We polled your friendly GME Research Staff on the most common (and easily avoidable) hiccups during IRB submission. Their guidance falls into three categories:
Make sure that: a) you are not missing any attachments and b) attachments that are submitted are filled out completely and in the correct format. Read the fine print!
- Make sure you have submitted all required information. Review the Common IRB Forms Explained document for guidance.
At the time of submission, your eProtocol should be polished and thorough – not in rough draft format (Pro Tip: portions of a well-written eProtocol may be useful in jumpstarting the manuscript writing process). Some pitfalls to avoid when writing your eProtocol:
- Spelling/grammatical errors
- Partial sentences
- Missing title
- Missing version number (on each page of attachments)
- Leaving out investigators
- Mismatch between hypothesis and goals/aims across various submitted forms
- Missing information (e.g. expected time to complete surveys; number of patients the researchers plan to enroll; enrollment timeframe; where intervention drugs will be stored; steps for HIPAA protection)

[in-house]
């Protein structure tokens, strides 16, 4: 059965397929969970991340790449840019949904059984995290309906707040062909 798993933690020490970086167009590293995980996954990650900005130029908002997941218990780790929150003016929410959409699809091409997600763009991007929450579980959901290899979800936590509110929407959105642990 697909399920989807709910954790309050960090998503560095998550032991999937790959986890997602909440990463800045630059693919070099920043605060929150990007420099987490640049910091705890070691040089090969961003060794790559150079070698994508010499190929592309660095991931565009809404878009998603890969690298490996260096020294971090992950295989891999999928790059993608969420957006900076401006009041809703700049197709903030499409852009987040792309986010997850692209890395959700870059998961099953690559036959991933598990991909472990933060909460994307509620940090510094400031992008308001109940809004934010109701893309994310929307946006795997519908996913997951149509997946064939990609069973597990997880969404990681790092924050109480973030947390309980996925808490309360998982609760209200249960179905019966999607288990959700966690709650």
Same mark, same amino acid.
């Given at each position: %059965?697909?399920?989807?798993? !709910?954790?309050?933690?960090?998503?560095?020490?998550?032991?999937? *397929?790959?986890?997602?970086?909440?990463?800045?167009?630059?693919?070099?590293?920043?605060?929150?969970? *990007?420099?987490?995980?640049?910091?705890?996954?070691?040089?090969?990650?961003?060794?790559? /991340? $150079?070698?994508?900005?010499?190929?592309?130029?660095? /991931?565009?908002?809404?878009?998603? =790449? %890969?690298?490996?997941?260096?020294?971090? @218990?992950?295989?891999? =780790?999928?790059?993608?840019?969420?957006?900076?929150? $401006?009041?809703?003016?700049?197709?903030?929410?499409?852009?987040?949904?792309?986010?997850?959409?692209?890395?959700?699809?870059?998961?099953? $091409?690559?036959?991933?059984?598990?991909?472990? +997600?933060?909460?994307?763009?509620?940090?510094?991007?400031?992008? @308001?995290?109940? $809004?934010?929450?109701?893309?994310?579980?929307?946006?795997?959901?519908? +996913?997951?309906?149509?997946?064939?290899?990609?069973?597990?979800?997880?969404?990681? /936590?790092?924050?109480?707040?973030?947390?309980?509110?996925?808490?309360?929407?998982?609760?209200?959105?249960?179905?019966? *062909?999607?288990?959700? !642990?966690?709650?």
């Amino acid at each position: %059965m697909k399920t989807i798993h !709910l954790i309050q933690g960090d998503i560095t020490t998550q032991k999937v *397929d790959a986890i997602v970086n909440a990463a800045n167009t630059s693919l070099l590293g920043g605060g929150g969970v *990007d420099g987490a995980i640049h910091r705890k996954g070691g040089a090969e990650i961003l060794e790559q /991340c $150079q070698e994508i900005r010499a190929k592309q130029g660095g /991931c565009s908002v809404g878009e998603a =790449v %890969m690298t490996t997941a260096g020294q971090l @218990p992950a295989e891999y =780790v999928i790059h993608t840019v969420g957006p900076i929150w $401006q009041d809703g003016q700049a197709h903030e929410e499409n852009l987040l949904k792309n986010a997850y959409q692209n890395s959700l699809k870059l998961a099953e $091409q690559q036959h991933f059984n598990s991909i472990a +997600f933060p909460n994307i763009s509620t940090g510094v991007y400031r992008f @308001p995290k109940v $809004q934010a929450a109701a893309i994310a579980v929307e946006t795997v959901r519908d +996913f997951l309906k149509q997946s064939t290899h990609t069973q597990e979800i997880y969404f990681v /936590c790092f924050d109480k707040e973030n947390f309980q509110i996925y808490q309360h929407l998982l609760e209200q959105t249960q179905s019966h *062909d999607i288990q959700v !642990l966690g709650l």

Your study should be methodologically, logically, and ethically sound. GME Research Staff are happy to guide you through the research development process, but be sure to bring them a well-thought-out idea and list of questions to maximize everyone’s time. Some common mistakes to avoid:
- Issues around consent
- Be sure to provide details on the informed consent process to both English and non-English speaking patients, including: who will consent patients, where consent forms will be stored, and how verbal consent will be documented. For specific questions, consult the GME Research FAQs and the CMHS Institutional Review Board website.
- Issues around HIPAA authorization
- You will need to obtain a written HIPAA Authorization from the subject(s) whose PHI you are using for research. For more information, consult the CMHS Institutional Review Board website and the Common IRB Forms Explained guide.
- Potential risks not properly outlined. For more information, see Understanding Risk.
- Not appropriately accounting for the Research Study Team members.
- Leading a randomized control trial will likely not be feasible during your residency due to resource constraints.